The others, like fox ,coyote or even a bobcat that are not neccessarilly good for hides or anything like that anymore are varmits that can tear up some property and livestock...Heck,My mother-in -law lives in Akron, OH and she has opossums, raccoons, groundhogs and squirrels tearing up her property and there isn't much she can do because they belong to the city and if they can't or won't catch them she just has to deal with them, while it cost her a fortune to maintain her property and house.

So we have to have population control someway somehow, like the report I saw a few years ago, if you keep catching and releasing fish back into the same pond and never take any out there will be more fish and less food and some will die earlier and others will remain smaller and catching bigger fish will
deminish.......And on the surface it just becomes more hazardous, dangerous and expensive for humans to exist with an over populated wildlife.

Besides, a lot of the wild are cute and great on small little sandwiches.......:D

adephue
June 10, 2006, 08:18 PM
Given the "don't shoot it unless you'll eat it" approach, my next question is... what differentiates a bullet through the heart of a groundhog from...

the sole of a boot on an ant,
a flyswatter on a fly,
a phonebook on a spider,
Raid on bees,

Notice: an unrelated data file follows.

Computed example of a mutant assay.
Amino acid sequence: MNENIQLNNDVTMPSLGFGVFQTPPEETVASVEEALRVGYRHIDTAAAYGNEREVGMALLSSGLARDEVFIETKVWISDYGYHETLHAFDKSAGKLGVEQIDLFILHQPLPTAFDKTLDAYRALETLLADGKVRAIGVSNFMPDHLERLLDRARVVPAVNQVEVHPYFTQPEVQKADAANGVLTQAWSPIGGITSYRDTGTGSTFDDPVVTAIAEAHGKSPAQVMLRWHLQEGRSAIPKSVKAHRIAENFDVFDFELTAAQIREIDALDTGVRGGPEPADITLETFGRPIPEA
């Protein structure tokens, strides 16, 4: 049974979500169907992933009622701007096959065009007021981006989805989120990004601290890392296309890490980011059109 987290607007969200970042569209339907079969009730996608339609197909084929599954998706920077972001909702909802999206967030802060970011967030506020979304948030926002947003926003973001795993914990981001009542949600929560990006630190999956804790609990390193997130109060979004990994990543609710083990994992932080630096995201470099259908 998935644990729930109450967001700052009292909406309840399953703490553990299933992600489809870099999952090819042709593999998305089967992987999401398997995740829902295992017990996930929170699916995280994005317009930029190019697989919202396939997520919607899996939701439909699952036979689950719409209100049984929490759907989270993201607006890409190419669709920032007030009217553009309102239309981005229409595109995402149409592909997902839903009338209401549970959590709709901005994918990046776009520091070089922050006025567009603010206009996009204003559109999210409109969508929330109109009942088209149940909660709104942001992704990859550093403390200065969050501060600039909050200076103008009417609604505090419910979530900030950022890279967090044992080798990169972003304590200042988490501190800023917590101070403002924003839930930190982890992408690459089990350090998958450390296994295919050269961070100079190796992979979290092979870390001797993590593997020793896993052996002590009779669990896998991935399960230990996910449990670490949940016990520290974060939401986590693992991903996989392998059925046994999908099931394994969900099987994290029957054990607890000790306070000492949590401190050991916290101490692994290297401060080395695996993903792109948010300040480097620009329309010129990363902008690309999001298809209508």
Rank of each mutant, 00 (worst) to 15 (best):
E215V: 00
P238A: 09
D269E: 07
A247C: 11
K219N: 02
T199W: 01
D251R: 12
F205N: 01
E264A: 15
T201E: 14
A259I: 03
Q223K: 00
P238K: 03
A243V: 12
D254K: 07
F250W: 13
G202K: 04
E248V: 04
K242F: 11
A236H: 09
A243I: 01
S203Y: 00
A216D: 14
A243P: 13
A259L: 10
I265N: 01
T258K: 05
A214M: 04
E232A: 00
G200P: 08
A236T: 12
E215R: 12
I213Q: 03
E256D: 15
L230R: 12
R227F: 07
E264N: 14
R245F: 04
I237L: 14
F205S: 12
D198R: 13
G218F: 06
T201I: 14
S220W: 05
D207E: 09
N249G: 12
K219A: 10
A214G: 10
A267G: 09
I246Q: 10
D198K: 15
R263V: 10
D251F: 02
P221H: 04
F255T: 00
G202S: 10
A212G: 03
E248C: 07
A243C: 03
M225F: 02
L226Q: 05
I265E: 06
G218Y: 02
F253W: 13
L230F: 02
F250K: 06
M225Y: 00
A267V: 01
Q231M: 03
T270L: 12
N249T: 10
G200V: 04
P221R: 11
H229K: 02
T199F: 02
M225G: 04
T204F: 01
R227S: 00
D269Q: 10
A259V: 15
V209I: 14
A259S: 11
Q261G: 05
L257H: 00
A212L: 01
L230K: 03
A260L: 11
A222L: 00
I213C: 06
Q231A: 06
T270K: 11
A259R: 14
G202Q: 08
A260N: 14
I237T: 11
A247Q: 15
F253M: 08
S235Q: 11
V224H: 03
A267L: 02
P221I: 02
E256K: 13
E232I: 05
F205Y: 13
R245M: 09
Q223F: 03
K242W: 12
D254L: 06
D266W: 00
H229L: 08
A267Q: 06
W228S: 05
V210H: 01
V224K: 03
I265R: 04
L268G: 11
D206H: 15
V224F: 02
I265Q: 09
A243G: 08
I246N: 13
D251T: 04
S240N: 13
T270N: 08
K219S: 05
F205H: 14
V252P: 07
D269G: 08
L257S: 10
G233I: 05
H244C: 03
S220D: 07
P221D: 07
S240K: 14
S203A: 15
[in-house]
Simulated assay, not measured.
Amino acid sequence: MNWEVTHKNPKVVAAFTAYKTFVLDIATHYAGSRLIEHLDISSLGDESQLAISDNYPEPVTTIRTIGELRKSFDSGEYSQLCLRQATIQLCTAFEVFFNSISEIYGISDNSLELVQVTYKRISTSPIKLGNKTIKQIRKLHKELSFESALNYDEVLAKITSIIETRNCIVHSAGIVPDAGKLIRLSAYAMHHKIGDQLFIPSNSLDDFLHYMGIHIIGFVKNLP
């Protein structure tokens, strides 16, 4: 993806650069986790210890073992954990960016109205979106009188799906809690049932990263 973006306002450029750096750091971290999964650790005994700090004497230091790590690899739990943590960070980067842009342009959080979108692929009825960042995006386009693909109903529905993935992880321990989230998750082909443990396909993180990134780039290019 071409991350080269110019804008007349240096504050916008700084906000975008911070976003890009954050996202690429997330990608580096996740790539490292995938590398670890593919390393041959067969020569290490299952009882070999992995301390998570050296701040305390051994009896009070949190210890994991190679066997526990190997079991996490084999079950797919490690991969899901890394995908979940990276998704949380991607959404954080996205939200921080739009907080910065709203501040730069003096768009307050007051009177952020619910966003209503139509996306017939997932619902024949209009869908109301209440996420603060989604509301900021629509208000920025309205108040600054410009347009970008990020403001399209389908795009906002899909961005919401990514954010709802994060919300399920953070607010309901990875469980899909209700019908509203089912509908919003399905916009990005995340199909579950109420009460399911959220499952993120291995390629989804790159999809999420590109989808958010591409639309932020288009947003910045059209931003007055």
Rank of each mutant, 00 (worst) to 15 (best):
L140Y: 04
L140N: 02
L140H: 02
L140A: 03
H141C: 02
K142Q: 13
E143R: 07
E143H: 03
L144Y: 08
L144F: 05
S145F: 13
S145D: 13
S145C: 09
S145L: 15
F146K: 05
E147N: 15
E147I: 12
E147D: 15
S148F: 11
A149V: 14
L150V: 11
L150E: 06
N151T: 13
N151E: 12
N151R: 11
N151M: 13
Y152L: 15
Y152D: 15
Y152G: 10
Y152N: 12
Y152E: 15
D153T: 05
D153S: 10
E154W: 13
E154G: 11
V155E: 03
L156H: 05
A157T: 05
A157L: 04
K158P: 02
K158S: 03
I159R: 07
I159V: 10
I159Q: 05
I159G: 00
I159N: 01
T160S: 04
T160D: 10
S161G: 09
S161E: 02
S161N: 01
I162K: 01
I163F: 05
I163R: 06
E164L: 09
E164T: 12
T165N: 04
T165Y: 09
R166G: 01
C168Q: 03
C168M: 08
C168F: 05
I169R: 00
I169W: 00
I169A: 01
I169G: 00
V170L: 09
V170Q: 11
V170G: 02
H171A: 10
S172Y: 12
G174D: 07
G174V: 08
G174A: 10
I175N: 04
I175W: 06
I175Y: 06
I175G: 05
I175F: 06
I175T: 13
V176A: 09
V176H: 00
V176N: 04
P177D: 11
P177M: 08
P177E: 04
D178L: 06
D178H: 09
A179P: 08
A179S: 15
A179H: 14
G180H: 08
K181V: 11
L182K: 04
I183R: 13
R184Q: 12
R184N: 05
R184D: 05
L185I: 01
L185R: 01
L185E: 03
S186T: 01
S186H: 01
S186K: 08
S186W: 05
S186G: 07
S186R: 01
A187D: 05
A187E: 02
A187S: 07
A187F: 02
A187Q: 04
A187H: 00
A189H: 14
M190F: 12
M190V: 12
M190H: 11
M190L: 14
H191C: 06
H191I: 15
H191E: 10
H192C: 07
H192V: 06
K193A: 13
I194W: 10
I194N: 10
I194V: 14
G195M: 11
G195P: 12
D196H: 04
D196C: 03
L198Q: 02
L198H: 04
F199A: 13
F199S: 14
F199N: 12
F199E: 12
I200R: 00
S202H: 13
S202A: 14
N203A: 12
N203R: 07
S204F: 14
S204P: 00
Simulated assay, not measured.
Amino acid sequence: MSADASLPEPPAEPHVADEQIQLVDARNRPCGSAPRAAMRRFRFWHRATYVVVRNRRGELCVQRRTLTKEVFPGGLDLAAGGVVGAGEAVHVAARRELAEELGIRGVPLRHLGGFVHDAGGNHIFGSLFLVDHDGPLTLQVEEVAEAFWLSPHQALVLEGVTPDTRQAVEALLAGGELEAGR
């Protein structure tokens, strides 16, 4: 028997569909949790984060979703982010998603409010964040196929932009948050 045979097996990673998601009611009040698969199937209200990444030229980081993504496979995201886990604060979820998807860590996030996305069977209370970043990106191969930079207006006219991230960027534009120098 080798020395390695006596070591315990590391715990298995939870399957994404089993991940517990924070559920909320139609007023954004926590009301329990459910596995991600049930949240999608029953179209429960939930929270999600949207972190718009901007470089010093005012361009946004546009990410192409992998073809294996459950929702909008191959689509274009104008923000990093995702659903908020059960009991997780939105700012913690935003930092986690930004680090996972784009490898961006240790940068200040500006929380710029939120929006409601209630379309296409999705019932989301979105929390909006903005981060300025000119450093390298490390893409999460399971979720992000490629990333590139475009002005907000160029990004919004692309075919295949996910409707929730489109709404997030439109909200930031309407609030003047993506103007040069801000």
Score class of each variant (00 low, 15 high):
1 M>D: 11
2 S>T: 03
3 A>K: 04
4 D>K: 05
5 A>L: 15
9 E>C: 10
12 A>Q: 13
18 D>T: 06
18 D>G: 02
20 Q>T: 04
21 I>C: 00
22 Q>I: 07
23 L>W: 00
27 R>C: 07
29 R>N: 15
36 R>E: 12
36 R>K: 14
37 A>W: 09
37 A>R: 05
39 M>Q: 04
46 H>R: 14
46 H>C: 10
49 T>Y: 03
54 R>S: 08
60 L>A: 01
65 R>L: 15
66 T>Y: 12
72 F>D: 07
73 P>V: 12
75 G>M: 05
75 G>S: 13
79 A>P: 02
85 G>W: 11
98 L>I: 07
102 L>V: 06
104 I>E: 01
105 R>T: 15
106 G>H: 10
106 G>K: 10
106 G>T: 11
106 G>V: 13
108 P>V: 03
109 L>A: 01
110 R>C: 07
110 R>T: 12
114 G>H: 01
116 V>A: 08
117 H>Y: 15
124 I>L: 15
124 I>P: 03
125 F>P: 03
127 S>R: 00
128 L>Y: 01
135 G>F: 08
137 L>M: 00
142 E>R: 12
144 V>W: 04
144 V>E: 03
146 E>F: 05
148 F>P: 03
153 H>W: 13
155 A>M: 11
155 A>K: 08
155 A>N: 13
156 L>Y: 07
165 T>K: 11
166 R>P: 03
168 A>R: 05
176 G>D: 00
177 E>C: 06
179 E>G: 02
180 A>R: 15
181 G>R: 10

and the Orkin Man on the friends in your walls and foundation...

ferg
June 10, 2006, 08:59 PM
Adephue - BINGO!

gdm
June 10, 2006, 09:32 PM
did I mention groundhogs getting under building foundations and causing them to collapse?I shot groundhogs for a farmer that had several buildings, all of which were heavily infested with them.Id drive back between the buildings and see at least 10 scatter in all directions.the buildings were still up but sloping from the foundation sinking with all the dens.shot 73 there that summer and still couldnt get all of them.

many farmers round here that plant beans really hate groundhogs.a groundhog can destroy an entire acre in 1 season if left unchecked.the dens wreck havoc on everthing that doesnt see them and steps into them,not to mention the problems groundhogs also cause when they get into the drainage tile and cause that to collapse from their scratching and digging.Ive had groundhogs get into the basement of an old 2 story country home with a dirt floor,what a mess.

I have had a summer job with one farmer that had a bad problem with groundhogs..paid me 5 bucks each,was the best summer job I had as a kid.

adephue
June 10, 2006, 10:11 PM
When I was younger, my Grandpa had a "ground squirrel" (or some other earthen varmit) problem... they were somehow damaging flower beds and digging around the foundation of his house. The final straw was when they, looking for food, chewed a hole through a styrofoam beer cooler that was in his garage... not sure if the cooler was of sentimental value or not, but it ignited a small war.